Is Heath Ledger going to the "Dogs?" Hardly.
But the star is nearly unrecognizable in his role as a ’70s surf shop owner and skateboard guru in his new film "Lords of Dogtown," which opens Friday.
The role was a dramatic departure for the handsome Aussie. But at least he got to keep his feet on the ground, which wasn't the case for his young co-stars who faced some very real danger on the set.
Venice, Calif., in the late 1970s was the setting for a revolution in skateboarding led by legends Tony Alva, Stacey Peralta and Jay Adams.
The trio was the core of the Z boys, a team of Venice teens that blew everyone's mind by taking the sport vertical in backyard pools.
And now comes the rowdy film inspired by the documentary "Dogtown and Z Boyz." In the film, Ledger plays the skaters' mentor Skip.
"The level of appreciation just went through the roof for the amount of talent these guys have," Ledger told us.
Victor Rasuk, John Robinson and Emile Hirsch are the ones lucky enough to play the legendary skaters.
"When I found out I got the role, it was just excitement," Hirsch, who plays Jay Adams, said. "It was like I won the lottery or something."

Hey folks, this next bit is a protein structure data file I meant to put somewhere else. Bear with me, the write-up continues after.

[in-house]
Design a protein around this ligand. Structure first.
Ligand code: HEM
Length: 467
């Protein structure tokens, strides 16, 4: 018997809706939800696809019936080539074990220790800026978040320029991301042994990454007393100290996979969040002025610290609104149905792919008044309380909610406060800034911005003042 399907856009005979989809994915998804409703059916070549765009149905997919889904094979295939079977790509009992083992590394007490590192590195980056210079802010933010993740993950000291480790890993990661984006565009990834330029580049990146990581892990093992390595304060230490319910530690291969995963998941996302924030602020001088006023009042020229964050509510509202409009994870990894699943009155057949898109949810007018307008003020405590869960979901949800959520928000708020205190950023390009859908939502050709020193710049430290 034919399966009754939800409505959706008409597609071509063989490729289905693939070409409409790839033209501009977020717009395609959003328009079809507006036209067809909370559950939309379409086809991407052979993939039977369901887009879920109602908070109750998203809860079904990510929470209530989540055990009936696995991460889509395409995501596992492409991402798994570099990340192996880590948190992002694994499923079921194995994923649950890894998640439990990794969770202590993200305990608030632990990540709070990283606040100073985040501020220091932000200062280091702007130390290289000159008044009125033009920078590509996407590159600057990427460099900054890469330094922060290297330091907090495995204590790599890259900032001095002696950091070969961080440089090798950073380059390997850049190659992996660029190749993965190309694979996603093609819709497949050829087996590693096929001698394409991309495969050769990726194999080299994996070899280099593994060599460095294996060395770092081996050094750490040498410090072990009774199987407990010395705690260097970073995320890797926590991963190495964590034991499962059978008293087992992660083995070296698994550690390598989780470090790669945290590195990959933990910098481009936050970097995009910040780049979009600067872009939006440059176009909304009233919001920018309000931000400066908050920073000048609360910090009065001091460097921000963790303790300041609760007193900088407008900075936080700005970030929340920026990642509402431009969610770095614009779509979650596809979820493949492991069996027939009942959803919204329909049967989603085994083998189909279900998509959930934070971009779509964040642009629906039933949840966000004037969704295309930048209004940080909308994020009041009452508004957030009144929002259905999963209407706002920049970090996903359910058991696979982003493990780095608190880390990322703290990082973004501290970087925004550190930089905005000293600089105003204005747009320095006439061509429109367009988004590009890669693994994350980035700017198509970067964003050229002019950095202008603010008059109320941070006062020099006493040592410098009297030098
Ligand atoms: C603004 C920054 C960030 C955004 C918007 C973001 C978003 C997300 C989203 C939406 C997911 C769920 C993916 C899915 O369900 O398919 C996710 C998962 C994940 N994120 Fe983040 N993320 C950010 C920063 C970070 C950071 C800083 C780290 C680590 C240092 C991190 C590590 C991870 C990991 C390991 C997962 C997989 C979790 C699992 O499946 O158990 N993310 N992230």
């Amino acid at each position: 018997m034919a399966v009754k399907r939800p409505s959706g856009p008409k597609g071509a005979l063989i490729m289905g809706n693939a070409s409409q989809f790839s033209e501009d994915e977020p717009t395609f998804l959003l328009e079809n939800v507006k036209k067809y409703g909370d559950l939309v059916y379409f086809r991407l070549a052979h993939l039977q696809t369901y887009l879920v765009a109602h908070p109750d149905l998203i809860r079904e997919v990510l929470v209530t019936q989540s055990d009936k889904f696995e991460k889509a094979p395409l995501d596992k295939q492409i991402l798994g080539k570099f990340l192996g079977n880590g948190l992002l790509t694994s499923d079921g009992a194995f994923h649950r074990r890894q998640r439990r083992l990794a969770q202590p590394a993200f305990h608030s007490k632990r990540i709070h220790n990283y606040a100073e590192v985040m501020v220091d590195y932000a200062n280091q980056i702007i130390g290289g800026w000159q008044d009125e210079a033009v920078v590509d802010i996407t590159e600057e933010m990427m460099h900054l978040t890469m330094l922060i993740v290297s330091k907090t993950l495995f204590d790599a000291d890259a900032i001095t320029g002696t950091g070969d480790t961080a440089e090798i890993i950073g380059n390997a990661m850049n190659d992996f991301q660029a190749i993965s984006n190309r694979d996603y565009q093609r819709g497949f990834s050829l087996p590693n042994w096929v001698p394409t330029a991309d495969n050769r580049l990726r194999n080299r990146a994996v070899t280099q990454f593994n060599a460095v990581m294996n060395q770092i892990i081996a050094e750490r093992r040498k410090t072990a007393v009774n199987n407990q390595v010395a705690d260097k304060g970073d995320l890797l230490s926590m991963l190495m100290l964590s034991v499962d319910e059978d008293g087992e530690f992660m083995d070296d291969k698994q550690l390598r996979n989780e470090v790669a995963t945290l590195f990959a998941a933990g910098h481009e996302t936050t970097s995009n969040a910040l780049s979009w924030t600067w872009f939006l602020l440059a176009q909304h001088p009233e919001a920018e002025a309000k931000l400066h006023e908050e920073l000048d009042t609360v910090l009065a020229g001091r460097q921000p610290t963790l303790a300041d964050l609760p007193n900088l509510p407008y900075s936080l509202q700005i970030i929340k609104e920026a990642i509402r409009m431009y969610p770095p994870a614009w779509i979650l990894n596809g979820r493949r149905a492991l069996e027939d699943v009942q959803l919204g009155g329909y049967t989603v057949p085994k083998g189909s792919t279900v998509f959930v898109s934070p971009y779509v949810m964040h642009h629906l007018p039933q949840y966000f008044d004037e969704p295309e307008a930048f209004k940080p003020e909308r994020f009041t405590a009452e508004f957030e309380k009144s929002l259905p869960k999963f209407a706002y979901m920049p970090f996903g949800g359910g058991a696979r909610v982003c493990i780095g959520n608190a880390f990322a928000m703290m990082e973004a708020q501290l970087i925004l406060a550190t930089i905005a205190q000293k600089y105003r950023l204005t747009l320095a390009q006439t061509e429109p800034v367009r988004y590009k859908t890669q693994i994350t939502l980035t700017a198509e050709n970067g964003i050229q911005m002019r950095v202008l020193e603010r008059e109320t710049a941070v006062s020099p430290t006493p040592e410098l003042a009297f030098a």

But the actors paid a price to approximate that kind of talent.
"I was doing things I shouldn't have been doing," said Rasuk, who plays Tony Alva. "I was going down a ram and I kind of slipped off my board and fractured an orbital bone."
But the real-life skating legends felt little sympathy for the acting counterparts.
"That is part of being on the team. If you wanna be on this team, you are gonna have to give a little blood," Alva joked.
And if being a team member requires giving blood, then director Catherine Hardwick is clearly the team captain.
"She fell head first into an empty swimming pool on her head and she almost died," Emile Hirsch revealed.
I got knocked out for about two minutes," Hardwick added. "[There was] blood gushing outta my nose."
Luckily, after about ten days, Catherine recovered to finish the film, earning the respect of the pros.
"Catherine is like a super ball, she bounced back so high and hard," Alva told us.
"[The skaters] were like, 'Hey man, now you know what it's like,'" she concluded.